Council shake-up could be key to saving treasured Moray landmark

Caroline Webster, chairwoman of Friends Of Grant Lodge, revealed there has been interest from groups to move into the building.

Campaigners are gearing up for a fresh battle to renovate one of Moray’s most loved but neglected landmarks.

Grant Lodge in Elgin has been empty since a huge fire a decade ago, leading to a £3million repair bill.

Historical images and faces from the town have recently been stuck to the boarded-up windows, and were last night hailed as great way of brightening up the building and getting it some attention from passers-by.

Previous restoration efforts to bring the 19th century former library back into use as a heritage centre or base for social enterprises have stalled due to legal red-tape.

Grant Lodge has been shut since a fire ripped through it in 2003.
Grant Lodge has been shut since a fire ripped through it in 2003.

But now residents with the future of the grand building at heart believe an exodus of councillors in the chambers of Moray Council next year could generate a fresh appetite for renovating it.

Pressure group Friends of Grant Lodge intends to lobby new members of the authority to look again at proposals.

Chairwoman Caroline Webster said: “We’re trying our best to keep positive. We’re hopeful that the shake-up in the council could open up some more support.

“We did have support for our previous plans but it fell down because the council didn’t approve our business plan. The political mood changed after that.”

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The building is currently held in trust by Moray Council after it was donated as a gift to the people of Elgin in 1903 by Sir George Cooper.

However, it was on the condition that the lodge would be used as a library or history centre. In order for that to be changed, consent needs to be granted from Court of Session – which would cost about £40,000.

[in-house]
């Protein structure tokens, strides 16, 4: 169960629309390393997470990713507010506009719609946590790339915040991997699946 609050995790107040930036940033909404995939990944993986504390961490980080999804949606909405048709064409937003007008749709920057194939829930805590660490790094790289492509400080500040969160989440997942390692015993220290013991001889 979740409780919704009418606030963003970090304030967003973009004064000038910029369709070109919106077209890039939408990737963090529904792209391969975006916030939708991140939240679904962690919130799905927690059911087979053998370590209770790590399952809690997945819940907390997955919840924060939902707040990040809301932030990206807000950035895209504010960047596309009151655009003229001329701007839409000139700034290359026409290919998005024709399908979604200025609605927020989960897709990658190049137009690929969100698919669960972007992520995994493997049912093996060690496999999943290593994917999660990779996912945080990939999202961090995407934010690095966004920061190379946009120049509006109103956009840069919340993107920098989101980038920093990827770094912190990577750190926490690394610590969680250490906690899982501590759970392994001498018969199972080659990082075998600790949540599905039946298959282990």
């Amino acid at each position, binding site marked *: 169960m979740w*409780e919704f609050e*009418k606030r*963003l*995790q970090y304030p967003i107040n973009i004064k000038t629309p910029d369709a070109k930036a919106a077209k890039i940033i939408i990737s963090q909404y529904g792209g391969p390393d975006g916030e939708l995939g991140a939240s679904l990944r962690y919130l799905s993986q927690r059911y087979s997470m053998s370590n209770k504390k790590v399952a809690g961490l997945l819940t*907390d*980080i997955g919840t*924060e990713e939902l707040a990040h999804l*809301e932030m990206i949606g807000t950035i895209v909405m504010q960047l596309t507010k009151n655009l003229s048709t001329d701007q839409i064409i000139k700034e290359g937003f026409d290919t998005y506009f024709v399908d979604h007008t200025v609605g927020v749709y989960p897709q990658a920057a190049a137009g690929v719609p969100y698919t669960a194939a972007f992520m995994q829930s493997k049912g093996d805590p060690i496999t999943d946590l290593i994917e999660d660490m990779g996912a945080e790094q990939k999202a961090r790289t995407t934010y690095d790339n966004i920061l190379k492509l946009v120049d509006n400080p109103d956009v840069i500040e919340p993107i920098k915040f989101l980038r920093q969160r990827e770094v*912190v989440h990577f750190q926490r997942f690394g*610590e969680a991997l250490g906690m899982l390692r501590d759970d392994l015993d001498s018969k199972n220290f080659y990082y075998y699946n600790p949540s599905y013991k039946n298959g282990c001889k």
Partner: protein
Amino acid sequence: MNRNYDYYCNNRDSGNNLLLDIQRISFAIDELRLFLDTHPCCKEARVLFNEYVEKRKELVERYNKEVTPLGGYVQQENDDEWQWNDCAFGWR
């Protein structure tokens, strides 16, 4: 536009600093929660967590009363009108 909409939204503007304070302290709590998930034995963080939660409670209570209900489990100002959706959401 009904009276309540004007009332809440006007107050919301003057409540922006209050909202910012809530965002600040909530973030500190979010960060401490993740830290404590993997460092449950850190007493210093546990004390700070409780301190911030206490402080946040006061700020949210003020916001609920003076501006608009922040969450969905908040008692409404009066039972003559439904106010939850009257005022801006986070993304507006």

Mrs Webster said Moray Council was willing to cover the bill if a viable business plan could be found.

Campaigners are only able to apply for external funding once they take ownership of the building, leading to a “chicken and egg situation”.

At the group’s annual meeting this week members called for the heritage centre plans to be looked at again to showcase Elgin’s historical landmarks and fit in with its original intended use.

Pictures of historical images and famous faces from the town have now been put up to brighten the appearance of the building by the Castle to Cathedral to Cashmere project.

Mrs Webster said: “Anything to create a bit more interest in it has to be a good thing. It’s very sad to see it all shuttered and boarded up.

“I’ve already seen people stopping and taking an interest in it so it’s certainly working.”

Council maintenance crews have kept the building structurally sound since the fire but interior damage from the blaze is still to be repaired.

Pictures on the side of Grant Lodge include the building’s opening in 1903, former prime minister Ramsay MacDonald and Alexander Johnston, founder of Johnstons of Elgin.

Jim Royan, chairman of Castle to Cathedral to Cashmere, said he was keen to do anything to attract attention to the building.

He said: “Grant Lodge was part of our original plans four years ago and is still very much part of the whole experience of the trail.

“It seemed logical to do to make it more attractive and hopefully passers-by will recognise some of the faces in the windows.”

Elgin City South councillor Graham Leadbitter said: “Everyone in the community wants to see Grant Lodge used again in some way. There’s a lot of work going on behind the scenes in the background to help bring that about.

“In the meantime, projects like the window art are a good way to brighten the appearance of the building. It’s certainly better than nothing.”

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